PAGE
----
BEIRUT

Editorial

Phoney indignation

Islamic State militants embrace in celebration after taking over Tabqa air base near Raqqa city August 24, 2014. REUTERS/Stringer

Last August, Washington put the Middle East on a war footing in the wake of a chemical weapons attack on the Ghouta suburbs of Damascus which killed hundreds of people. In the end, Moscow offered its ally the Syrian regime a way to escape punishment, by relinquishing its chemical weapons.

This August, when ISIS militants beheaded a U.S. journalist, captured in Syria, a similar global response has emerged, about the sudden need to take firm action.

In fact, Washington had already taken firm action, by launching airstrikes in northern Iraq to stem military advances by ISIS that came uncomfortably close to the autonomous Kurdish region and U.S. interests there.

The U.S. has acted in Syria and Iraq only when it believes its direct interests are at stake, and not out of concerns about the targeting of ethnic minorities or the daily stream of massive human rights violations, or out of a genuine desire to promote stability and democracy in the region.

While the U.S. is perfectly within its rights to act on the basis of sheer self-interest, it shouldn’t be surprised when people in this region have little reason to offer support for its policies. It’s a case of leading on the cheap, or in other words doing the absolute minimum and expecting others to offer the maximum level of support in return.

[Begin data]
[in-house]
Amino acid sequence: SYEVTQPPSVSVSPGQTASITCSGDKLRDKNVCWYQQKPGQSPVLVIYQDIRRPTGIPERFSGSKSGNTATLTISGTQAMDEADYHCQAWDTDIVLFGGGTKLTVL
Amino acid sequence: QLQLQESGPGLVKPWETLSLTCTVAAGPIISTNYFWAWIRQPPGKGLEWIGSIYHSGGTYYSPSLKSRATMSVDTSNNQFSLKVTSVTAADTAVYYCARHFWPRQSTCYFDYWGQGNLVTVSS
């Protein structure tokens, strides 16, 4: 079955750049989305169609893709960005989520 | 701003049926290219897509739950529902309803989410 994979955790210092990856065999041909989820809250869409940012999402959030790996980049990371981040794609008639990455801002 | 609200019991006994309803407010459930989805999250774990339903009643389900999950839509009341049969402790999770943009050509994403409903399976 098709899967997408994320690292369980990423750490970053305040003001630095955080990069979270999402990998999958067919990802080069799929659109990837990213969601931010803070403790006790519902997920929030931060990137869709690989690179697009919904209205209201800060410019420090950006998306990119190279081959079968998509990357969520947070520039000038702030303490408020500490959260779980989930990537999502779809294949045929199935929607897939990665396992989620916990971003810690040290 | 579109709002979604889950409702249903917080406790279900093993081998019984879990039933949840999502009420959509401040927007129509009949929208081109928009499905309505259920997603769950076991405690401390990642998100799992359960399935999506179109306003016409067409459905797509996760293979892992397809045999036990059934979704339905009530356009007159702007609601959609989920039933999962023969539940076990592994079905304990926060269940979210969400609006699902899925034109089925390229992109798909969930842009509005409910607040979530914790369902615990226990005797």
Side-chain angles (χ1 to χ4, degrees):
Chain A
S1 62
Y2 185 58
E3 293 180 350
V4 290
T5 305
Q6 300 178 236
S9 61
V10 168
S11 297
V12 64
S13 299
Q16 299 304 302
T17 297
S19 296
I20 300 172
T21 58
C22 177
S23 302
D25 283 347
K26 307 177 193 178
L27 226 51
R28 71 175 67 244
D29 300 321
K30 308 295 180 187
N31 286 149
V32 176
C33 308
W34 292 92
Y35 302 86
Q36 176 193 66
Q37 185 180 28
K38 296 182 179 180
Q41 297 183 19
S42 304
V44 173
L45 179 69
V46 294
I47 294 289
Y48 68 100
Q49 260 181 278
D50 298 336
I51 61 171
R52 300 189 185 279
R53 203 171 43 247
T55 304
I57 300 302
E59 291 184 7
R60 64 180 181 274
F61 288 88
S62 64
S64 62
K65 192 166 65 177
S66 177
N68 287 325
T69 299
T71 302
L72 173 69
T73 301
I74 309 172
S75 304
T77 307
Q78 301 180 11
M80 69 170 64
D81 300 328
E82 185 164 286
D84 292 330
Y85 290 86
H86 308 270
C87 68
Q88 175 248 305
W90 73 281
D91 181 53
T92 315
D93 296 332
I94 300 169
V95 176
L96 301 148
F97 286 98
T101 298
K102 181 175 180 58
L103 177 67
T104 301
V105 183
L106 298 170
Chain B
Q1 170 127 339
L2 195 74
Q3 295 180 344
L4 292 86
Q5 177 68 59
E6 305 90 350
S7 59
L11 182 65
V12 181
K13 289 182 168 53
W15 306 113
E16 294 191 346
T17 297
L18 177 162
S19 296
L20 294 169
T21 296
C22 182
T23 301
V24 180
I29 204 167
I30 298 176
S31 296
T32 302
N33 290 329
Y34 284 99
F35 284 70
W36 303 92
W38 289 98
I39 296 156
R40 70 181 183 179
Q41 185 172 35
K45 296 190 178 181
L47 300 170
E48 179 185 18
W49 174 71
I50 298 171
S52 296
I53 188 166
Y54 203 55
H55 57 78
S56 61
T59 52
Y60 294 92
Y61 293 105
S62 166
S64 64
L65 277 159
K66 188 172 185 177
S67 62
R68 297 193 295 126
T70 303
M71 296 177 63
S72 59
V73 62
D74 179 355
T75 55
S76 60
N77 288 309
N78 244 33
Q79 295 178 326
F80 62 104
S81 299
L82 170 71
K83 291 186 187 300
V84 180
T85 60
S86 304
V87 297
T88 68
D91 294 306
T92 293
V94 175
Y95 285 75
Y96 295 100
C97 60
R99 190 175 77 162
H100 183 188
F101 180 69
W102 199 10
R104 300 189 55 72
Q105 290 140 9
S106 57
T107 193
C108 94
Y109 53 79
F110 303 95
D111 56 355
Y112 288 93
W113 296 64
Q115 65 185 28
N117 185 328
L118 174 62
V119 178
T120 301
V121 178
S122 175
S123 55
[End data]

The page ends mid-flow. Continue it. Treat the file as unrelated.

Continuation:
In a further irony, U.S. officials are expecting sympathy with their “plight” in Iraq and Syria, after they called the murder of James Foley a terrorist attack on the United States.

Their case would have been helped tremendously if they had acted just as forcefully when terror threatened Palestinians, Lebanese, Syrians or Iraqis, instead of focusing on a given victim’s passport.

 
A version of this article appeared in the print edition of The Daily Star on August 25, 2014, on page 7.

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Summary

In fact, Washington had already taken firm action, by launching airstrikes in northern Iraq to stem military advances by ISIS that came uncomfortably close to the autonomous Kurdish region and U.S. interests there.

The U.S. has acted in Syria and Iraq only when it believes its direct interests are at stake, and not out of concerns about the targeting of ethnic minorities or the daily stream of massive human rights violations, or out of a genuine desire to promote stability and democracy in the region.


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